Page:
After reading the article in The Garden Island newspaper about the council’s rejection of the Charter Amendment relating to affordable housing, I felt a need to provide additional clarification on the action taken by the council on this matter.
The Kauai County Council, at its meeting on July 11, thoroughly deliberated on Resolution No. 2018-23, “Resolution Proposing a Charter Amendment Relating to Affordable Housing.” While all councilmembers wholeheartedly support affordable housing, I and five of my colleagues could not support the extremely restrictive Charter Amendment Resolution that mandated 3 percent of all certified real property tax revenues be dedicated to a special budgetary fund for the sole purpose of funding affordable housing.
During the discussion, it was apparent that my colleagues and I disagreed with the introducer on the mechanism, not the need, for providing funding for affordable housing.
A Charter Amendment is not the appropriate method to address a budgetary matter. Funding for county projects, including affordable housing, should be done through the annual budget process or through a supplemental money bill introduced during the fiscal year.
We need to remember that the council, the body responsible for the budgetary and fiscal matters of the county, should be provided the opportunity to thoroughly vet the proposal and consider the fiscal implications that an annual mandated appropriation would have on county operations.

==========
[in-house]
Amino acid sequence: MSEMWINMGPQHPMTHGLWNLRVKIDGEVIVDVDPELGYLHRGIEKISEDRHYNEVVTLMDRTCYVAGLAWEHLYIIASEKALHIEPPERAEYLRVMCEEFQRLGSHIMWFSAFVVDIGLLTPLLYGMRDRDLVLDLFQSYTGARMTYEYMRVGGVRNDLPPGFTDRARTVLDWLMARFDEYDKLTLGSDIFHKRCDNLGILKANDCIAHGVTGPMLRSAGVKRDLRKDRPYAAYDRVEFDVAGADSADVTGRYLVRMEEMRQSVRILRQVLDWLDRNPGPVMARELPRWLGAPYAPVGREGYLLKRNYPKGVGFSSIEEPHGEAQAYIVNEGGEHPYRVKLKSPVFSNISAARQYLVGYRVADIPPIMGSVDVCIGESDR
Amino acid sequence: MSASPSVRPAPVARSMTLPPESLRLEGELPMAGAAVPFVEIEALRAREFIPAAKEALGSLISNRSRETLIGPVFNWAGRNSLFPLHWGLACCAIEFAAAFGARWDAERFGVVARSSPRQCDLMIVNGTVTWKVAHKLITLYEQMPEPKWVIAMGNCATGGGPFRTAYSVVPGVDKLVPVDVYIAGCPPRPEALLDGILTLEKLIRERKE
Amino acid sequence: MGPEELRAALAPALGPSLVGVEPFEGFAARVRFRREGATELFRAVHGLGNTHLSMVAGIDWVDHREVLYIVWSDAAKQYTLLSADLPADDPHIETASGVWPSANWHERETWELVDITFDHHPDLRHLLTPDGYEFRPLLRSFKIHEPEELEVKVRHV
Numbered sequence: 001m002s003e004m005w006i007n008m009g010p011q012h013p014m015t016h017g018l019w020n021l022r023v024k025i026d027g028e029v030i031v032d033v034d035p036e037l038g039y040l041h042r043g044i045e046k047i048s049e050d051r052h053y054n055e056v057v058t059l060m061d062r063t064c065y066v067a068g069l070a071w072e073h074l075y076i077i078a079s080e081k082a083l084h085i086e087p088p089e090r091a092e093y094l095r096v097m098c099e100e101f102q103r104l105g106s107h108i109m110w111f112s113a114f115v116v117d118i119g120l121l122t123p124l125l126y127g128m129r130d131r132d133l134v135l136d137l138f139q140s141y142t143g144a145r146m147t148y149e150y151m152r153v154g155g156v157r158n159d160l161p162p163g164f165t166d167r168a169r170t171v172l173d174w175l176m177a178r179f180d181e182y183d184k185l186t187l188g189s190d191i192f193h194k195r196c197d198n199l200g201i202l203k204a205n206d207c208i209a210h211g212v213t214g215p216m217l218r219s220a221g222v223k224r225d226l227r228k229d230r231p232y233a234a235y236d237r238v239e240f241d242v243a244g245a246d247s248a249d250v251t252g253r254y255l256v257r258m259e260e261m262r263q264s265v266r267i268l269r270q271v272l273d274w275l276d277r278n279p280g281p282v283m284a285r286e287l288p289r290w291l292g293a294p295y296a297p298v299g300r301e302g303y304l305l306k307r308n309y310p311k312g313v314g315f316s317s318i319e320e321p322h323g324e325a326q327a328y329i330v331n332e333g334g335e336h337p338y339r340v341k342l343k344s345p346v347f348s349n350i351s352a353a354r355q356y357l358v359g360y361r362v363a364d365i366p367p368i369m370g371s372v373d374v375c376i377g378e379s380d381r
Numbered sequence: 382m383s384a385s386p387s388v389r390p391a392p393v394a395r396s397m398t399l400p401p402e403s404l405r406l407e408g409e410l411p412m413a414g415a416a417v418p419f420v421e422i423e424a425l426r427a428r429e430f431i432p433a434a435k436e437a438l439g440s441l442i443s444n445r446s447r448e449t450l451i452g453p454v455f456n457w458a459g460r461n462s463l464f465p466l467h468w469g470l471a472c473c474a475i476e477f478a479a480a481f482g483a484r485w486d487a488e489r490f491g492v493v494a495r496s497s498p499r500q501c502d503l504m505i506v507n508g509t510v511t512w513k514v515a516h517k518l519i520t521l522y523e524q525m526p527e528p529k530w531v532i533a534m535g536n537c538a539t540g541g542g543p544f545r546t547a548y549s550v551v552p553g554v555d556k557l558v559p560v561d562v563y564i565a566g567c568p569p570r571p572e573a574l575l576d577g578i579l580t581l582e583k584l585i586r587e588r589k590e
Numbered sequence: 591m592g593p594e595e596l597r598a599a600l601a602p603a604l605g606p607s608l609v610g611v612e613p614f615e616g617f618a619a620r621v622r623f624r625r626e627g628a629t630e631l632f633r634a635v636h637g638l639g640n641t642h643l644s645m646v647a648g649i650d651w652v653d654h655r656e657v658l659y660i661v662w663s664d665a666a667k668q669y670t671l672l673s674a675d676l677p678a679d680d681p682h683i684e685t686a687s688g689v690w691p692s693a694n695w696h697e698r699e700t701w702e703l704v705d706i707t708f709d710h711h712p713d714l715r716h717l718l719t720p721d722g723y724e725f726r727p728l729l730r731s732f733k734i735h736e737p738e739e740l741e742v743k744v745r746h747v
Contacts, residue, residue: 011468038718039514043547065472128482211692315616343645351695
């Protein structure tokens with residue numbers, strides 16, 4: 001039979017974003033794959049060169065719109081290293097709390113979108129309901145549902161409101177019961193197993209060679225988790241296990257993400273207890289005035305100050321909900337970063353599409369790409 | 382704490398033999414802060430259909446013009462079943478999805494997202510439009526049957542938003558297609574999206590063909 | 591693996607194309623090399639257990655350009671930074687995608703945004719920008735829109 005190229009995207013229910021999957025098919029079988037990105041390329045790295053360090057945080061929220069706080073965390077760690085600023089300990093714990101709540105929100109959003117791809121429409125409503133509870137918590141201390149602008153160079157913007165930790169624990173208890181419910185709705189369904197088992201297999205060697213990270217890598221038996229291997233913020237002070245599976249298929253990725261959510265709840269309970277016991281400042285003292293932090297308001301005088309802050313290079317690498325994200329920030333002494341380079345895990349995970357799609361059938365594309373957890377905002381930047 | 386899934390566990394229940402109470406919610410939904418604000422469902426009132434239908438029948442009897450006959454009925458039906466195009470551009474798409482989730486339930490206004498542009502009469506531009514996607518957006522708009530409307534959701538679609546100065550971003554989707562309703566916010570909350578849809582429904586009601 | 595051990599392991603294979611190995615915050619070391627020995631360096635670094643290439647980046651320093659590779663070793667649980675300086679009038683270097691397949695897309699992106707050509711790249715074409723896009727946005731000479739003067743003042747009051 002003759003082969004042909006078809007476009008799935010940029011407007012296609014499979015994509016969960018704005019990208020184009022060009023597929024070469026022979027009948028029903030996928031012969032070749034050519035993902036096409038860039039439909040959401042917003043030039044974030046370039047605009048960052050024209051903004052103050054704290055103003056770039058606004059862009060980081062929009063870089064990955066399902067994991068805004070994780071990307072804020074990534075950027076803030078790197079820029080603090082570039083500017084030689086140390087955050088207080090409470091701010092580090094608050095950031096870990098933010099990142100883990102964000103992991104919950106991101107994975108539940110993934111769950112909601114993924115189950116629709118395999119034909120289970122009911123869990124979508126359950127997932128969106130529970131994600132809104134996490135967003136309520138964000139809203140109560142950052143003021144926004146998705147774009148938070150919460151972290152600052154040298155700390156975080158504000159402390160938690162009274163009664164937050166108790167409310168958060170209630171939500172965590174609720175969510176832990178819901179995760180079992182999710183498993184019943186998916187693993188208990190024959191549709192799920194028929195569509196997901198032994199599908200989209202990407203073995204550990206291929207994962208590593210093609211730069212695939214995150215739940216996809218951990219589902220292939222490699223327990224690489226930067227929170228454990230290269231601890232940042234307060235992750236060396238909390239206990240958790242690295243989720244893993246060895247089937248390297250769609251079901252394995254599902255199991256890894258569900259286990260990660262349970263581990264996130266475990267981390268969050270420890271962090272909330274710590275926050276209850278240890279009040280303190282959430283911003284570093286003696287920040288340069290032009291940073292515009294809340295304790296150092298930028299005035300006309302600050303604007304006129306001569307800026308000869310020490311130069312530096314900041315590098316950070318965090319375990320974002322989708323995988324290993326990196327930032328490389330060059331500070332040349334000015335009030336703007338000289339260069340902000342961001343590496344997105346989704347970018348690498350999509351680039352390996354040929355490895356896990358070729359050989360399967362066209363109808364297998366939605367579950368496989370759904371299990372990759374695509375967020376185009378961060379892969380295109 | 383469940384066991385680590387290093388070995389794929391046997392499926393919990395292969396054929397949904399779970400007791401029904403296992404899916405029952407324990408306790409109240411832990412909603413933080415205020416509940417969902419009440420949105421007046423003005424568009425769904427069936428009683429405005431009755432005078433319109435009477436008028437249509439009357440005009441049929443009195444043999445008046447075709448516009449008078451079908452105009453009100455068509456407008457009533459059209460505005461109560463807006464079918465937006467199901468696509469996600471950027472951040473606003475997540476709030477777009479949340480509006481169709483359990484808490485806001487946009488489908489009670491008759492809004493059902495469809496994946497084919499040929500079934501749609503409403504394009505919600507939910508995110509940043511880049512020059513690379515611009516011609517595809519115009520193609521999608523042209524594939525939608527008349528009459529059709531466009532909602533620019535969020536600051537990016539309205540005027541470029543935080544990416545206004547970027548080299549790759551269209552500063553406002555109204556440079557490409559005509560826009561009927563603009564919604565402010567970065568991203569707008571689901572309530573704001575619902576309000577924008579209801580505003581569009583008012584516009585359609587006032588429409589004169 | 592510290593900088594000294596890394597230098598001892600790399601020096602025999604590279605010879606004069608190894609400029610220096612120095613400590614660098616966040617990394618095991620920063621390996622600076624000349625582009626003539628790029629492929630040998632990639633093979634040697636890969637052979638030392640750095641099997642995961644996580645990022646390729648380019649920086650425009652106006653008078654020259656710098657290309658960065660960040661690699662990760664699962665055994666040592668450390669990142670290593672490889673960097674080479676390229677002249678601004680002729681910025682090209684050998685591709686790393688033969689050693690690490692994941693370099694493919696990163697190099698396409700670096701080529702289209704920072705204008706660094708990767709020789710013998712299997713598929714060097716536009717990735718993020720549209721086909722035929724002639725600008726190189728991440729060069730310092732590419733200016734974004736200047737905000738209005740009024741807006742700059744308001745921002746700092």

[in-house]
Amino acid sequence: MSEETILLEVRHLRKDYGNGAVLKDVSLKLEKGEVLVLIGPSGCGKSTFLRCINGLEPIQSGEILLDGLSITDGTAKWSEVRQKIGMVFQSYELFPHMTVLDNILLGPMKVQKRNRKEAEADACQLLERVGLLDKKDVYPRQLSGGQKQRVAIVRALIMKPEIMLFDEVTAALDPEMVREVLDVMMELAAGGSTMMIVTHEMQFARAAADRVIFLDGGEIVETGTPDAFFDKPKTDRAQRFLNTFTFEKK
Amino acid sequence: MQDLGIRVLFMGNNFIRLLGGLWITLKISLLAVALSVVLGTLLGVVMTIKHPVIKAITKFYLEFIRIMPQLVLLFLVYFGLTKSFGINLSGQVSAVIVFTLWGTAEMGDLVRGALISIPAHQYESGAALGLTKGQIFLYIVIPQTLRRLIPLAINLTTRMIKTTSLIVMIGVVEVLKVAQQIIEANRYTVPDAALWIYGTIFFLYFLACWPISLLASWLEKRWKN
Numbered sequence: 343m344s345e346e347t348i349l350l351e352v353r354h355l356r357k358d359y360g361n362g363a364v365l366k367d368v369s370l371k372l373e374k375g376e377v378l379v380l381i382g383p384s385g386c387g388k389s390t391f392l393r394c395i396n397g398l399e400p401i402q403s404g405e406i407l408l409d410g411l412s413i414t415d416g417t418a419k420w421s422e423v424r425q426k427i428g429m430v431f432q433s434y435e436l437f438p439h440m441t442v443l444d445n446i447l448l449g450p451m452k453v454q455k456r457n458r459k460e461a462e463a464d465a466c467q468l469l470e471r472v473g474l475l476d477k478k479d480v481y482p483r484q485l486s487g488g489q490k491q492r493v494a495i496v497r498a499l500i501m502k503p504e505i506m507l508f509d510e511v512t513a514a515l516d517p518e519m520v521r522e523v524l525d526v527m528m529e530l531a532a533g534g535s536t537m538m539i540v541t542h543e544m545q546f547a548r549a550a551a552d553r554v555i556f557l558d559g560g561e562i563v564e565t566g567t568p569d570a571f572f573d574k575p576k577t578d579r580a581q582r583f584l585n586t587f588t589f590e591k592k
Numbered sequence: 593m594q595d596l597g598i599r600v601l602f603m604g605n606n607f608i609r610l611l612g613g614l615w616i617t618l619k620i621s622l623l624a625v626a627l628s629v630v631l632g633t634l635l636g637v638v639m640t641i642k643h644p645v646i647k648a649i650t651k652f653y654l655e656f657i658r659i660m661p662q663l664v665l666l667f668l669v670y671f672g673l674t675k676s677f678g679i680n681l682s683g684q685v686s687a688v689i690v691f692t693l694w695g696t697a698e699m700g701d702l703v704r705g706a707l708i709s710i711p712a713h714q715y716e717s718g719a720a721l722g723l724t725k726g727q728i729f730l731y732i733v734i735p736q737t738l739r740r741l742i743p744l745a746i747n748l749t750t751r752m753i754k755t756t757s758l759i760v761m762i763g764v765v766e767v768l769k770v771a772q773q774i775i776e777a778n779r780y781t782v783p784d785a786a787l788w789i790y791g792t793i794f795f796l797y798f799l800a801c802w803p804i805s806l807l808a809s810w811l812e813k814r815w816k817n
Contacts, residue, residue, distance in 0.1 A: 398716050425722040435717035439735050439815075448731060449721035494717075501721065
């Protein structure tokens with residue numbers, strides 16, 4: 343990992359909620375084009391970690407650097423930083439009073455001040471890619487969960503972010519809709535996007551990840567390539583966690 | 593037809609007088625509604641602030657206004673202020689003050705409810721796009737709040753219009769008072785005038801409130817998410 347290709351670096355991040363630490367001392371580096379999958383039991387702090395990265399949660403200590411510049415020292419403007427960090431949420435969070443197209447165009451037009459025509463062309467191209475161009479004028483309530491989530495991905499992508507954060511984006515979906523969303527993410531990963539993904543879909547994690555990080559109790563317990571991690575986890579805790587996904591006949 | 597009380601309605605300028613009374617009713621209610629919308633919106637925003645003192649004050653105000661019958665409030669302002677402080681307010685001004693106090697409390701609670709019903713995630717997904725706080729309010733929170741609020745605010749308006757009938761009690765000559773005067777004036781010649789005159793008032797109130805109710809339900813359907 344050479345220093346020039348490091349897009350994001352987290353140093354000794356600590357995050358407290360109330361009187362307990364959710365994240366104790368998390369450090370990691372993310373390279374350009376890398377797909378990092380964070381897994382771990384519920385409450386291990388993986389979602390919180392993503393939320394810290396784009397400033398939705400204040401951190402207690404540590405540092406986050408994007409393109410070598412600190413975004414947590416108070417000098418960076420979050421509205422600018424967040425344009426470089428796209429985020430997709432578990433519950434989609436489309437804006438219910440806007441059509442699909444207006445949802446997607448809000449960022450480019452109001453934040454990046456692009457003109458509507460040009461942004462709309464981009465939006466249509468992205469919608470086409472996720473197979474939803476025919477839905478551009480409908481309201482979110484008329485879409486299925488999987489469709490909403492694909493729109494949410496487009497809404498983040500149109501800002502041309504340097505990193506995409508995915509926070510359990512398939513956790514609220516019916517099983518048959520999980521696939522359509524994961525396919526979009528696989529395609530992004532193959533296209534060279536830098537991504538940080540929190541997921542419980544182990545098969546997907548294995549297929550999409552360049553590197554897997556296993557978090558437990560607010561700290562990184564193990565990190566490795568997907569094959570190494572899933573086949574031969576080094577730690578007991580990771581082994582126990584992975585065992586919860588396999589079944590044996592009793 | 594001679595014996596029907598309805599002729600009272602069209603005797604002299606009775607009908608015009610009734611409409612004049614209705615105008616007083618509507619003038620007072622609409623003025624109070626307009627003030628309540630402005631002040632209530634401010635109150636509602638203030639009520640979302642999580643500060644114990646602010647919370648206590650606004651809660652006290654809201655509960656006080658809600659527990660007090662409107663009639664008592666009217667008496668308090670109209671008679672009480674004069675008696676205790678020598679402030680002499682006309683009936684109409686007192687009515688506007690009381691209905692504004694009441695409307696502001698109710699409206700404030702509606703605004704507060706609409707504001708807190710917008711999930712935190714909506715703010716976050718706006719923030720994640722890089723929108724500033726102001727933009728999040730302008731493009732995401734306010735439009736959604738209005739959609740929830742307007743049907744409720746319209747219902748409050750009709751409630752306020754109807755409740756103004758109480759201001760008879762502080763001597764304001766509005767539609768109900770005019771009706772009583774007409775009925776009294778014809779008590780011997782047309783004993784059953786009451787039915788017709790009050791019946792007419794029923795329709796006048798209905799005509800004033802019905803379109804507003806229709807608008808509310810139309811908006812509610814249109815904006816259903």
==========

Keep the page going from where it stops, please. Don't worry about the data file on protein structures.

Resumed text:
Once the council has had the opportunity to evaluate the proposal, we will have a much better idea of how the proposal should be funded — whether through a reduction in services or through the use of surplus funds identified after the fiscal year-end audit produced via the Comprehensive Annual Financial Report (CAFR). Once this is done, we can then responsibly fund the many priorities of the County of Kauai, including affordable housing.
A charter in any corporate body defines the formal organization or framework, outlining the principles and functions of a corporate body. A charter sets up the organizational structure of an entity and should not be used to set or circumvent the budgetary process, a clear responsibility of the county’s legislative branch, the Kauai County Council.
The charter clearly prohibits the public from using the initiative and referendum process to change any fiscal or budgetary issues such as taxes, salaries, and the issuance of bonds because those who crafted the charter saw the potential downfall of allowing these types of matters to be decided by those other than the legislative branch in order to protect the County of Kauai from the ramifications of fiscal instability. This is the reason why I and many of my colleagues opposed this specific Charter Amendment proposal.
Affordable housing is not an easy problem to solve. We need to continue to work with our many partners, including the federal and state government, nonprofits, and others in the community to make additional affordable housing a reality. The council is committed to support funding for affordable housing through the budgetary or supplemental money bill process, as well as through collaboration and cooperation with our Housing Agency and county administration.
Mel Rapozo is chair of the Kauai County Council.